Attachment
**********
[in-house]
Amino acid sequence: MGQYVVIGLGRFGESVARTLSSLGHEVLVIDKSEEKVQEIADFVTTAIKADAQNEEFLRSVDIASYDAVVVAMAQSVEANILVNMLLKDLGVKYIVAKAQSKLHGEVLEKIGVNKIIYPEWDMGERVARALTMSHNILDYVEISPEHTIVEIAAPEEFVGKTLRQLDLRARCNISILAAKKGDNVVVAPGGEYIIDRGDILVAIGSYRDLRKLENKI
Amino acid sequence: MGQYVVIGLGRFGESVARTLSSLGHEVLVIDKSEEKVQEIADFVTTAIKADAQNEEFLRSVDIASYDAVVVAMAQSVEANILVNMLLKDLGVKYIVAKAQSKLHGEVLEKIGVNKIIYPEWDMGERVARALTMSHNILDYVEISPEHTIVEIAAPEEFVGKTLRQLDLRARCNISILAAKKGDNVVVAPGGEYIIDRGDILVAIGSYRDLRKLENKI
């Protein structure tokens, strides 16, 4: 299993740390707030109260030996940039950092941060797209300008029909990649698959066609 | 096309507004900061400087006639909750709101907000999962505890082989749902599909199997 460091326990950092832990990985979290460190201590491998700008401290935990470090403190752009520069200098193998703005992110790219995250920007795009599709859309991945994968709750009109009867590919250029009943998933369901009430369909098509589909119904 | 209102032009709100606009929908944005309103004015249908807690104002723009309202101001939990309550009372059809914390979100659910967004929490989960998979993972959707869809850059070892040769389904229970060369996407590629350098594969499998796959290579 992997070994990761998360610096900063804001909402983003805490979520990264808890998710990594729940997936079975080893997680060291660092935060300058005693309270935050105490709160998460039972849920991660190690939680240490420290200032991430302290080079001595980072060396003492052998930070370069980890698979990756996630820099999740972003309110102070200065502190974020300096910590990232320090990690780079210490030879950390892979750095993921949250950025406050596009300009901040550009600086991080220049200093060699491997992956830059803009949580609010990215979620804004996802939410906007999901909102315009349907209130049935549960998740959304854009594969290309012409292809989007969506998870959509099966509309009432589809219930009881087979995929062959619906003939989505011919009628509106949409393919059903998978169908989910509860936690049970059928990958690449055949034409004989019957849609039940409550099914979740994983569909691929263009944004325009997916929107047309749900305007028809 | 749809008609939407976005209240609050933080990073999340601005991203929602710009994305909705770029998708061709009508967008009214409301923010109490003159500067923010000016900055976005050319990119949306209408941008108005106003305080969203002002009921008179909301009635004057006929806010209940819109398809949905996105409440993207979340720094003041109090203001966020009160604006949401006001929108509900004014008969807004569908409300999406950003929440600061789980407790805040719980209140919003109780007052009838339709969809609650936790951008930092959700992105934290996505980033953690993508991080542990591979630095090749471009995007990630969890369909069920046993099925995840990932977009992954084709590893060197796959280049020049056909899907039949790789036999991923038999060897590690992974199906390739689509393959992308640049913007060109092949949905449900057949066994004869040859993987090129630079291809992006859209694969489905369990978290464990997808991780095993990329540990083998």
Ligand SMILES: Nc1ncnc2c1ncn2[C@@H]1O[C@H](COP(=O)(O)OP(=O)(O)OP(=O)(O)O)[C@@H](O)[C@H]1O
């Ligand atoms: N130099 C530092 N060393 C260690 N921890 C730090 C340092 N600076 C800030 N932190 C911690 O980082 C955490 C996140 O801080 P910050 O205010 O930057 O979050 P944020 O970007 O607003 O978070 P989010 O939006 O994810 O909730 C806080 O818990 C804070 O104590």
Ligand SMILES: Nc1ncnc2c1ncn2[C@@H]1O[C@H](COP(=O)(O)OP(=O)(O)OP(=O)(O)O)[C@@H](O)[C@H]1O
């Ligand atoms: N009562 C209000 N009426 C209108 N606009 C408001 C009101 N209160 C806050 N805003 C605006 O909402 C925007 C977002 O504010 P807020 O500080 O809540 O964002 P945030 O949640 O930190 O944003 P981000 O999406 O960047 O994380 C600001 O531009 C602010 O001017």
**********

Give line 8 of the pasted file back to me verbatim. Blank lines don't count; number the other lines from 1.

């Ligand atoms: N009562 C209000 N009426 C209108 N606009 C408001 C009101 N209160 C806050 N805003 C605006 O909402 C925007 C977002 O504010 P807020 O500080 O809540 O964002 P945030 O949640 O930190 O944003 P981000 O999406 O960047 O994380 C600001 O531009 C602010 O001017």